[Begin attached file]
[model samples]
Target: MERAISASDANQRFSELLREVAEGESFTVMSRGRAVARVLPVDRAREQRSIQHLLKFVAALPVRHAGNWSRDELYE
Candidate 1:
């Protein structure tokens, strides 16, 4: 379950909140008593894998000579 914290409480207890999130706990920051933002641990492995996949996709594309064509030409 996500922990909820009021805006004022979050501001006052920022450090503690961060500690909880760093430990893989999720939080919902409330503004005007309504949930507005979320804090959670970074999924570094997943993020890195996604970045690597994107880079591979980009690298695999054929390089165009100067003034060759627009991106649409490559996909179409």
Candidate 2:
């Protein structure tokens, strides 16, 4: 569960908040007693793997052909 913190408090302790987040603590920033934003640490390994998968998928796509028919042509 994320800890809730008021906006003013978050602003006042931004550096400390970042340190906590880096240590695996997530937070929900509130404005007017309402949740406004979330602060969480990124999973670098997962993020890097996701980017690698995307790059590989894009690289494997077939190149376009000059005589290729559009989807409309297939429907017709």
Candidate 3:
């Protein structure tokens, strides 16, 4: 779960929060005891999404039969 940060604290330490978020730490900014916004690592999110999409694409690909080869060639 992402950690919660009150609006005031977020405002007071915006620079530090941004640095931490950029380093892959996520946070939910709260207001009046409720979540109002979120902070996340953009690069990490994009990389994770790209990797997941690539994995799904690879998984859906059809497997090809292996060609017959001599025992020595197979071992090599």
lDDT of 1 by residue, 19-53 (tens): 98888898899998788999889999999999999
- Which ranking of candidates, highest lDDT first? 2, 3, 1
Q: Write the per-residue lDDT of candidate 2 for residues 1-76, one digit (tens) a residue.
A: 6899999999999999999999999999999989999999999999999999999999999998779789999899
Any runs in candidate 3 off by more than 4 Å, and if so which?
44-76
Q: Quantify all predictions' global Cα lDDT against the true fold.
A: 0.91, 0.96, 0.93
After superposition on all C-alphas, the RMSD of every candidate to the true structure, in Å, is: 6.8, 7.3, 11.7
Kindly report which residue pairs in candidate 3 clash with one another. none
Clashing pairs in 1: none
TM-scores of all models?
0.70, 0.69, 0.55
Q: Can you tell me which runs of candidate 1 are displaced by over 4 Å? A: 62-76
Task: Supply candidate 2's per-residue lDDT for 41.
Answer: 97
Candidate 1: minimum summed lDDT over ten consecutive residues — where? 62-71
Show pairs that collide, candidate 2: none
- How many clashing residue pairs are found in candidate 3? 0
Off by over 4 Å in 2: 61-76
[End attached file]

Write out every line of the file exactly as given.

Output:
[model samples]
Target: MERAISASDANQRFSELLREVAEGESFTVMSRGRAVARVLPVDRAREQRSIQHLLKFVAALPVRHAGNWSRDELYE
Candidate 1:
């Protein structure tokens, strides 16, 4: 379950909140008593894998000579 914290409480207890999130706990920051933002641990492995996949996709594309064509030409 996500922990909820009021805006004022979050501001006052920022450090503690961060500690909880760093430990893989999720939080919902409330503004005007309504949930507005979320804090959670970074999924570094997943993020890195996604970045690597994107880079591979980009690298695999054929390089165009100067003034060759627009991106649409490559996909179409």
Candidate 2:
């Protein structure tokens, strides 16, 4: 569960908040007693793997052909 913190408090302790987040603590920033934003640490390994998968998928796509028919042509 994320800890809730008021906006003013978050602003006042931004550096400390970042340190906590880096240590695996997530937070929900509130404005007017309402949740406004979330602060969480990124999973670098997962993020890097996701980017690698995307790059590989894009690289494997077939190149376009000059005589290729559009989807409309297939429907017709």
Candidate 3:
């Protein structure tokens, strides 16, 4: 779960929060005891999404039969 940060604290330490978020730490900014916004690592999110999409694409690909080869060639 992402950690919660009150609006005031977020405002007071915006620079530090941004640095931490950029380093892959996520946070939910709260207001009046409720979540109002979120902070996340953009690069990490994009990389994770790209990797997941690539994995799904690879998984859906059809497997090809292996060609017959001599025992020595197979071992090599």
lDDT of 1 by residue, 19-53 (tens): 98888898899998788999889999999999999
- Which ranking of candidates, highest lDDT first? 2, 3, 1
Q: Write the per-residue lDDT of candidate 2 for residues 1-76, one digit (tens) a residue.
A: 6899999999999999999999999999999989999999999999999999999999999998779789999899
Any runs in candidate 3 off by more than 4 Å, and if so which?
44-76
Q: Quantify all predictions' global Cα lDDT against the true fold.
A: 0.91, 0.96, 0.93
After superposition on all C-alphas, the RMSD of every candidate to the true structure, in Å, is: 6.8, 7.3, 11.7
Kindly report which residue pairs in candidate 3 clash with one another. none
Clashing pairs in 1: none
TM-scores of all models?
0.70, 0.69, 0.55
Q: Can you tell me which runs of candidate 1 are displaced by over 4 Å? A: 62-76
Task: Supply candidate 2's per-residue lDDT for 41.
Answer: 97
Candidate 1: minimum summed lDDT over ten consecutive residues — where? 62-71
Show pairs that collide, candidate 2: none
- How many clashing residue pairs are found in candidate 3? 0
Off by over 4 Å in 2: 61-76